Types for Crash Preventionn
This thesis seeks to strengthen the capabilities of static polymorphic type-checking (as known from typed lambda calculus and functional programming) to allow a larger class of programming errors to be caught at compile time: the goal is to not only prevent illegal uses of data, but to also errors that lead to busy-loops, deadlocks, stack-overflows and heap-overflows.
The thesis exploits that, for recursive programs, many correctness properties (including freedom from errors leading to busy-loops, etc.) can be showed by induction. By the introduction of a type-based induction principle built-into the type inference rule for recursive functions, and by the definition of type systems to support its use, the desired strengthenings are achieved.
The method is limited to certain programming styles: it assumes the use of recursive programming techniques, and process interaction in synchronous data-flow style. The thesis explores these styles for soft real-time embedded programming - a field in which prevention of run-time crashes is an issue, and in which type-based crash-prevention techniques would complement the traditional techniques of the field, i.e., formal methods and testing.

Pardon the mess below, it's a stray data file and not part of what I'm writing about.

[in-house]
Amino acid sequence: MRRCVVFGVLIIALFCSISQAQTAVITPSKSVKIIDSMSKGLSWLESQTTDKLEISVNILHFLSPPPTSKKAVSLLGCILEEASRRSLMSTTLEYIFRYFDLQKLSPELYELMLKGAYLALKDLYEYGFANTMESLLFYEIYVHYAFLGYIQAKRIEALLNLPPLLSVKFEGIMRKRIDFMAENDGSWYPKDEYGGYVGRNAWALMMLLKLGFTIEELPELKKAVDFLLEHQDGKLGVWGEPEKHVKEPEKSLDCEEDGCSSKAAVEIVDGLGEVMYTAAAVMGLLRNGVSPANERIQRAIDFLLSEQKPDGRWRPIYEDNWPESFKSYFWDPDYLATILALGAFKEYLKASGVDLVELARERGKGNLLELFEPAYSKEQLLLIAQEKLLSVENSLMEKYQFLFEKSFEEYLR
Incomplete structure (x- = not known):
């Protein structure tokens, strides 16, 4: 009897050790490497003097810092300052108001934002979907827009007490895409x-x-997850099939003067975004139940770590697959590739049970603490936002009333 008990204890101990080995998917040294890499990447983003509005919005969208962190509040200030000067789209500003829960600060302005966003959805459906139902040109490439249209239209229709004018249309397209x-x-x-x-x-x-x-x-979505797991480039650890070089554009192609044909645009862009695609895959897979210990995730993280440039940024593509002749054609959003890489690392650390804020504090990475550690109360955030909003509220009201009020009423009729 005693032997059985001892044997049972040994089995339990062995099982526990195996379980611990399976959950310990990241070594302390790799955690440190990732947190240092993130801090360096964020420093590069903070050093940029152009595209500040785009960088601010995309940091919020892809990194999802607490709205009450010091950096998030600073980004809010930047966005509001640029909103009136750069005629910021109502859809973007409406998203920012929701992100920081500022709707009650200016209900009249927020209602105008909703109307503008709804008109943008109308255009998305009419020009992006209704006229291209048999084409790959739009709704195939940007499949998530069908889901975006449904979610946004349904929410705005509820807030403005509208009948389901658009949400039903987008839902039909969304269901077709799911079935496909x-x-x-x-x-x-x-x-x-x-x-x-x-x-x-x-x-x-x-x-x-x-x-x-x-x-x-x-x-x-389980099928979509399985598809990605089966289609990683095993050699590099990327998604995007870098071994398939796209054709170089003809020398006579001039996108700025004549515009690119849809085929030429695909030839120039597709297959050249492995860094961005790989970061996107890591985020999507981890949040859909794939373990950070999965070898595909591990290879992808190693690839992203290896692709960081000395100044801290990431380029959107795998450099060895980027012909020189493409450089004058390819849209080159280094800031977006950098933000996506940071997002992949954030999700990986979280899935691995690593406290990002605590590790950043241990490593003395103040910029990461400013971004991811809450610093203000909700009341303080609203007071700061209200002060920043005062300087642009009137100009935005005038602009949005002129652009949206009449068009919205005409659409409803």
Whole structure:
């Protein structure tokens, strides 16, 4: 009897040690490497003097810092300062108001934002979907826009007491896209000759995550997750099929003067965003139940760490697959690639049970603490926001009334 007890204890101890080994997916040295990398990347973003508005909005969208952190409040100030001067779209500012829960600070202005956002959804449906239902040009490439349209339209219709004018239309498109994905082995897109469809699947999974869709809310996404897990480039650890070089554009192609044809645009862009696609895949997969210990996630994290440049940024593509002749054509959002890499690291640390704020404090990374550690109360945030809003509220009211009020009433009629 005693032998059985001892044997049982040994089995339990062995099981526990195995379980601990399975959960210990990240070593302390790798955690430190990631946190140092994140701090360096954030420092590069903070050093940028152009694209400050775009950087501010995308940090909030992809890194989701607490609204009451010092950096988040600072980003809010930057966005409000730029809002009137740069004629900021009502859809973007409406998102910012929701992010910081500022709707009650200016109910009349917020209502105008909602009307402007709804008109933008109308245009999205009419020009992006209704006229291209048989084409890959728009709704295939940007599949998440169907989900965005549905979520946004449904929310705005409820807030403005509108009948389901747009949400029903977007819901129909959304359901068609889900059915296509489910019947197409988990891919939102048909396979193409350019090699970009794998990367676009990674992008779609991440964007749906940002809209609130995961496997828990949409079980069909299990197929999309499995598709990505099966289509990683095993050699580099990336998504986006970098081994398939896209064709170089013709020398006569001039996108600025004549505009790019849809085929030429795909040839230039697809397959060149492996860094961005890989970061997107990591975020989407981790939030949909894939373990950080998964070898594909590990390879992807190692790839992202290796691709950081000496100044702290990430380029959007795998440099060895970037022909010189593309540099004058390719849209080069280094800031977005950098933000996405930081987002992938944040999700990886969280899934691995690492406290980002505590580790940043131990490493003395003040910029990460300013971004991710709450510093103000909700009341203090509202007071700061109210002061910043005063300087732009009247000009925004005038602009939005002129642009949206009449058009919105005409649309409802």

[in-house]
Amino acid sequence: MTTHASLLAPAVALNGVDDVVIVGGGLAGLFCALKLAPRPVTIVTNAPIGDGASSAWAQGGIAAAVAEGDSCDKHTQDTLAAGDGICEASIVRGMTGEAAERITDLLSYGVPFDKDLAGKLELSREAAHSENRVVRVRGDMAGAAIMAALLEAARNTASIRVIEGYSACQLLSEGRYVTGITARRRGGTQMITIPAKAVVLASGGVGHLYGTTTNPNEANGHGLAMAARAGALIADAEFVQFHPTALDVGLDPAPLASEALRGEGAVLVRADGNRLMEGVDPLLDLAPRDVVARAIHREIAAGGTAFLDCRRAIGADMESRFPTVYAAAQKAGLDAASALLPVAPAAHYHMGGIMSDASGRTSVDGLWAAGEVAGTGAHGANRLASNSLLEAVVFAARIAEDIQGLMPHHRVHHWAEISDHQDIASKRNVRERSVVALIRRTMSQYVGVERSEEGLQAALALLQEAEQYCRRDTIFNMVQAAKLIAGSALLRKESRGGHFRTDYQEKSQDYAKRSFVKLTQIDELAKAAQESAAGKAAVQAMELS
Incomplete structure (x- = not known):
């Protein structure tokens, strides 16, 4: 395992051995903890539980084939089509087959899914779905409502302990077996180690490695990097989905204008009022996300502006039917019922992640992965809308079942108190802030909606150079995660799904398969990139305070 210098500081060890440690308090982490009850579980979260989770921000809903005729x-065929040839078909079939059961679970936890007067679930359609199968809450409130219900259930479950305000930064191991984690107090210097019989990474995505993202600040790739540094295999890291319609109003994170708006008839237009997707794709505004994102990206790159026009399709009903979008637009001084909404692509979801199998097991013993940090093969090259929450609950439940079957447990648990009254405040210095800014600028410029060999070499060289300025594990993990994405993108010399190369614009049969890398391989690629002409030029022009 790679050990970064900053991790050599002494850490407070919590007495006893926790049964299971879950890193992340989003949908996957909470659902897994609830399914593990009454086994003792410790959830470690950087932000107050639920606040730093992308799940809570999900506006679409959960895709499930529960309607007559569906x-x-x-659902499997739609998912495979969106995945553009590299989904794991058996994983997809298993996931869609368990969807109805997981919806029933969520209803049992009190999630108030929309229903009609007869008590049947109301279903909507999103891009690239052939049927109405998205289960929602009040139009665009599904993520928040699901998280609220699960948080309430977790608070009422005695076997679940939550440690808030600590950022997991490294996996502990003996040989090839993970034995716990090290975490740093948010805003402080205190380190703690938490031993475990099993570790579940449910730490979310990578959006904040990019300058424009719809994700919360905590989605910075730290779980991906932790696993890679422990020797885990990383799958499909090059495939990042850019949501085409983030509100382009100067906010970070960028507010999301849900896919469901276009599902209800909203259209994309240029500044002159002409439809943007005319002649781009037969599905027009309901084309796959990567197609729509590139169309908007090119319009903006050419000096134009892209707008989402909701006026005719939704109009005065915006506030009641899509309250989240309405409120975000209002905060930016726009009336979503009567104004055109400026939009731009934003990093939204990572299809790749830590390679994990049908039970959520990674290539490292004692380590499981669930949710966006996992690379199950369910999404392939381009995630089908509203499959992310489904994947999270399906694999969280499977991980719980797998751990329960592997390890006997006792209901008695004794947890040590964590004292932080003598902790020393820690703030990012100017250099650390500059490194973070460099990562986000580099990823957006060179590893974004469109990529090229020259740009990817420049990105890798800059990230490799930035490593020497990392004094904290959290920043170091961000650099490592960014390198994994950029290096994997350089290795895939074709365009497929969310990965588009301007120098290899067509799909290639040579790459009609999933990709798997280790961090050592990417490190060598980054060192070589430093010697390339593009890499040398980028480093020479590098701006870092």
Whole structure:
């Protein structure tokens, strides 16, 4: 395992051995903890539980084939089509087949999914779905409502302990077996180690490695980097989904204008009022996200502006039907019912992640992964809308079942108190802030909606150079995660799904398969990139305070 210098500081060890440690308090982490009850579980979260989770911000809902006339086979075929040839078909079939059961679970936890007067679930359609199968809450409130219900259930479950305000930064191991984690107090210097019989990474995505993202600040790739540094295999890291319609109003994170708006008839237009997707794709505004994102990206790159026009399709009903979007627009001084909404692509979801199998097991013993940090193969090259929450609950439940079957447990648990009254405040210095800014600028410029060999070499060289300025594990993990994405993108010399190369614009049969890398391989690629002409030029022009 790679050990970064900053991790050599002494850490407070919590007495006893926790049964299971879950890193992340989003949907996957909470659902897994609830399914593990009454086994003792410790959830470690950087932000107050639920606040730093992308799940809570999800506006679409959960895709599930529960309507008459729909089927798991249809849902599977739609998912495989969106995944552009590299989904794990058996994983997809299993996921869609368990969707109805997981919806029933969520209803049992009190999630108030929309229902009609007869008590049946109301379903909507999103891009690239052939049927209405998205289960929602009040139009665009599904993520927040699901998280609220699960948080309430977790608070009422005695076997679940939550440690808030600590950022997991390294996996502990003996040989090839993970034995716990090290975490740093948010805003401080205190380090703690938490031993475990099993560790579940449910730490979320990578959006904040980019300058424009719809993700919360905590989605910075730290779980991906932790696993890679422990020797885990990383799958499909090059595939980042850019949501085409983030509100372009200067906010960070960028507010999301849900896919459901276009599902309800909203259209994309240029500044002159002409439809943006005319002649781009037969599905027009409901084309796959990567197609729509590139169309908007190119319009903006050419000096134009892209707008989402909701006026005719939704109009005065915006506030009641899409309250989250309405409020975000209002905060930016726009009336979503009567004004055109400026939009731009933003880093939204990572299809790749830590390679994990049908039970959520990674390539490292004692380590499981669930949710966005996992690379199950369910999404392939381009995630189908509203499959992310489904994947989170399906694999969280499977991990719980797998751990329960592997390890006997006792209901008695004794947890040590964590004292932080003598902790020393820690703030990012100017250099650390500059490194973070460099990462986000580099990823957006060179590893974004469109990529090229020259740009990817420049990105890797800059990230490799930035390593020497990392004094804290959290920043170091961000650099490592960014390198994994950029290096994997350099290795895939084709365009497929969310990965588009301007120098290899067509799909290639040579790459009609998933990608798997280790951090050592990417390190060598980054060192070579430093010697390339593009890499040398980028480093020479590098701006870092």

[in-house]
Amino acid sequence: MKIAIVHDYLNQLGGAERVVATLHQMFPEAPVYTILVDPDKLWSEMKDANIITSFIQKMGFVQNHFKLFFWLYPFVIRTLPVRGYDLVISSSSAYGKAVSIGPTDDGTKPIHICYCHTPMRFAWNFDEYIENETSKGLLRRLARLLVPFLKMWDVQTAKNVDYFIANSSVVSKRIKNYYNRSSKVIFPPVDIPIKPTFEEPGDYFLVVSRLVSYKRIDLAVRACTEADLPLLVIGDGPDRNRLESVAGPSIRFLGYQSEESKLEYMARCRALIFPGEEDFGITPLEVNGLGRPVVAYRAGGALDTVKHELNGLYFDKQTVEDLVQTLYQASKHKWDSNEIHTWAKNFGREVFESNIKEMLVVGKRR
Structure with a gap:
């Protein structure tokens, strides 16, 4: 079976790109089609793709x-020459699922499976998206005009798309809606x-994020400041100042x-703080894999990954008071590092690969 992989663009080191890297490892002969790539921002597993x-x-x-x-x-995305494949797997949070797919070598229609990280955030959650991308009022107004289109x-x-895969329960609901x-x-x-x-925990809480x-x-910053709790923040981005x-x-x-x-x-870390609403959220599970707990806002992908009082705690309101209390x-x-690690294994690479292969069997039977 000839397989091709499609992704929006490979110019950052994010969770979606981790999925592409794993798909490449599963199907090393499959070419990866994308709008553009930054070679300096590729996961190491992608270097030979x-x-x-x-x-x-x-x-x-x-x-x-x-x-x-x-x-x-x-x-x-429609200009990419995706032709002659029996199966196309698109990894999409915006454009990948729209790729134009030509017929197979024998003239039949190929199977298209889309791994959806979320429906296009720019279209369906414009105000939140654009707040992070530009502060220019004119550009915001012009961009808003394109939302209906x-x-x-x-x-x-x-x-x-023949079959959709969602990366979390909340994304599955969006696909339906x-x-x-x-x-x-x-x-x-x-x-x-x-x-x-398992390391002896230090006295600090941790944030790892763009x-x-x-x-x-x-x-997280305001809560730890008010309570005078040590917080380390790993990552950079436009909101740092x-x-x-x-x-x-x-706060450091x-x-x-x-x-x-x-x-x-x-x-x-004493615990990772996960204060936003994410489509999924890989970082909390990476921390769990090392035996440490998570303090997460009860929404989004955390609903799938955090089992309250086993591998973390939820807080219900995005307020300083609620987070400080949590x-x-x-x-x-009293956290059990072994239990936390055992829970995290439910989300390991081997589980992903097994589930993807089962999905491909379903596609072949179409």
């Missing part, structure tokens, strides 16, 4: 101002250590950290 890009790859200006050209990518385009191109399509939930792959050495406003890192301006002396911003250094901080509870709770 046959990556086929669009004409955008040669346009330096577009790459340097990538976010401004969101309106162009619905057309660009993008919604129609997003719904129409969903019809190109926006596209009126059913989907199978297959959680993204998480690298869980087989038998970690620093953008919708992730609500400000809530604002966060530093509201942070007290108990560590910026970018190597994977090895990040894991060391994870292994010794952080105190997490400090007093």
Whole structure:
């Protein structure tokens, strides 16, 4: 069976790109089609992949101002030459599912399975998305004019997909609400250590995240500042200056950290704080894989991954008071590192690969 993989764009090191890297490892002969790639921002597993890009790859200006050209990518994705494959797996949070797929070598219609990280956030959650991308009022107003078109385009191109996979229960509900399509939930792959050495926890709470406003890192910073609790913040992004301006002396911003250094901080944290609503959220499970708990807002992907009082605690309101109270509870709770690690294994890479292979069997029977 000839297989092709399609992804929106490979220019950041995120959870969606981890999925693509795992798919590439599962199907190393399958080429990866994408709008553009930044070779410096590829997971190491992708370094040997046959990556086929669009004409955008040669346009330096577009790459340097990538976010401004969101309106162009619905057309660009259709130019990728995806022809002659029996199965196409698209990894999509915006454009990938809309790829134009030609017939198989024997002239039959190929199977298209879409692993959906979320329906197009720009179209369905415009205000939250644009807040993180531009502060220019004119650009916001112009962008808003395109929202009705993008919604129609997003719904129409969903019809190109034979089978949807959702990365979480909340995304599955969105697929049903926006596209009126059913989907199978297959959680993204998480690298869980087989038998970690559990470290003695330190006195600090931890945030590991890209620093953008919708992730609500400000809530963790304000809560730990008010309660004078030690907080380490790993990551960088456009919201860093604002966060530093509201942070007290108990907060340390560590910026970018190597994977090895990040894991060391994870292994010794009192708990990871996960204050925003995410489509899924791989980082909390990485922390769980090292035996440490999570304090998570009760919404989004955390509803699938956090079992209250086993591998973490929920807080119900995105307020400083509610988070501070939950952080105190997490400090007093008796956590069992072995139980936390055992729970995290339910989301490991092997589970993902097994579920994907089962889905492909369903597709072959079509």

The thesis contributes with two experimental language designs that each presents a strengthening of Milner and Damas's type-system: one higher-order, functional language with lazy semantics and implicit storage management, and in which well-typed programs dot not busy-loop, nor deadlock; one first-order, functional language with strict semantics and explicit storage management, and in which well-typed programs do not run out of stack-space, nor heap-space. It contributes with two semantic theories that are used to prove the correctness of the stronger type systems: one denotational theory in which crashing programs are viewed as `bottom', in which types excluding this value can be expressed, and in which recursive functions can be shown to be total mappings on such types by fix-point induction; one operational theory, in which a typed abstract machine is used to show that well-typed programs do not get stuck along a chain of reductions, and that a machine-configuration's stack and store never exceed bounds stated in its type. It contributes with a type checking algorithm for the first of the two type-systems.
real-time systems and embedded systems
dynamic storage management
applicative (functional) programming (languages)